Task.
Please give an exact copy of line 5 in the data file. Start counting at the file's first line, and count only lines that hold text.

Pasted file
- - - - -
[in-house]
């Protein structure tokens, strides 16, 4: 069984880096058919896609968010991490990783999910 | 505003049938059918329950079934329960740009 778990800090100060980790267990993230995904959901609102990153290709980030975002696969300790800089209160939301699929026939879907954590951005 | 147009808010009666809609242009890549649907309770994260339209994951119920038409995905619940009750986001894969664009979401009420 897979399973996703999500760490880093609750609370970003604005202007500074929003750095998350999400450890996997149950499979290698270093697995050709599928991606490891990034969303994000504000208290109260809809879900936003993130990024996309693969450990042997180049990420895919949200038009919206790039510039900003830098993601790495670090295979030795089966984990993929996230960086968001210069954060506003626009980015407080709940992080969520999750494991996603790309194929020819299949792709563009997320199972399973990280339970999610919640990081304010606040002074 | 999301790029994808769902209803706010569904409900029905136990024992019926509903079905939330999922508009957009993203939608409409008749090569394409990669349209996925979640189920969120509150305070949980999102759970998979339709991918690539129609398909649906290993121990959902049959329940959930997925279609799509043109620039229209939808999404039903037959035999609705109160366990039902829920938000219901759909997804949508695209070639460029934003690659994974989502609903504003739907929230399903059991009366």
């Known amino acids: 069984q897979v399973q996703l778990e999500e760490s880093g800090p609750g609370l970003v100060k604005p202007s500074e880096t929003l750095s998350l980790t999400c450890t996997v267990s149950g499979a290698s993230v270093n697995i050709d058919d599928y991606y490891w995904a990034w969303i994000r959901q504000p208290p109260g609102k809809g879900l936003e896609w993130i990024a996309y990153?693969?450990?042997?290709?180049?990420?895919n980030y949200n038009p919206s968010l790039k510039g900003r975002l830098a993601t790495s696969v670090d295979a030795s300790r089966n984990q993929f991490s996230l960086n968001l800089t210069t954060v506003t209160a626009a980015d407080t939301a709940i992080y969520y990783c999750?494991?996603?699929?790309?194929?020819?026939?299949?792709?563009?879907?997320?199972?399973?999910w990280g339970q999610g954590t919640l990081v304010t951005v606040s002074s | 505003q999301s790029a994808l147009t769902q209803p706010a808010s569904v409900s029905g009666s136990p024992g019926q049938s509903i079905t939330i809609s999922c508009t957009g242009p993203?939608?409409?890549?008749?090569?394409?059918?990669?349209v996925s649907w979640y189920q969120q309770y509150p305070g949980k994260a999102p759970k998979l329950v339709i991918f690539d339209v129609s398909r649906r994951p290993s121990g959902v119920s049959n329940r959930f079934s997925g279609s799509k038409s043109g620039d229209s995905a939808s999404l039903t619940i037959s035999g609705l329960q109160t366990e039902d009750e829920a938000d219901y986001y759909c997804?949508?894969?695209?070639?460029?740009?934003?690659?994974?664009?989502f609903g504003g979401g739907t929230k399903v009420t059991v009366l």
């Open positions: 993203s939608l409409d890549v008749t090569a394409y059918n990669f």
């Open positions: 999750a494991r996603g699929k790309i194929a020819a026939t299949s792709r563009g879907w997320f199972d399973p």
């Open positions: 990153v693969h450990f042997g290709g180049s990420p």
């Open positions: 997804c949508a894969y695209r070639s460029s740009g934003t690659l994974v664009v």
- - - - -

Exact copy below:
């Open positions: 999750a494991r996603g699929k790309i194929a020819a026939t299949s792709r563009g879907w997320f199972d399973p």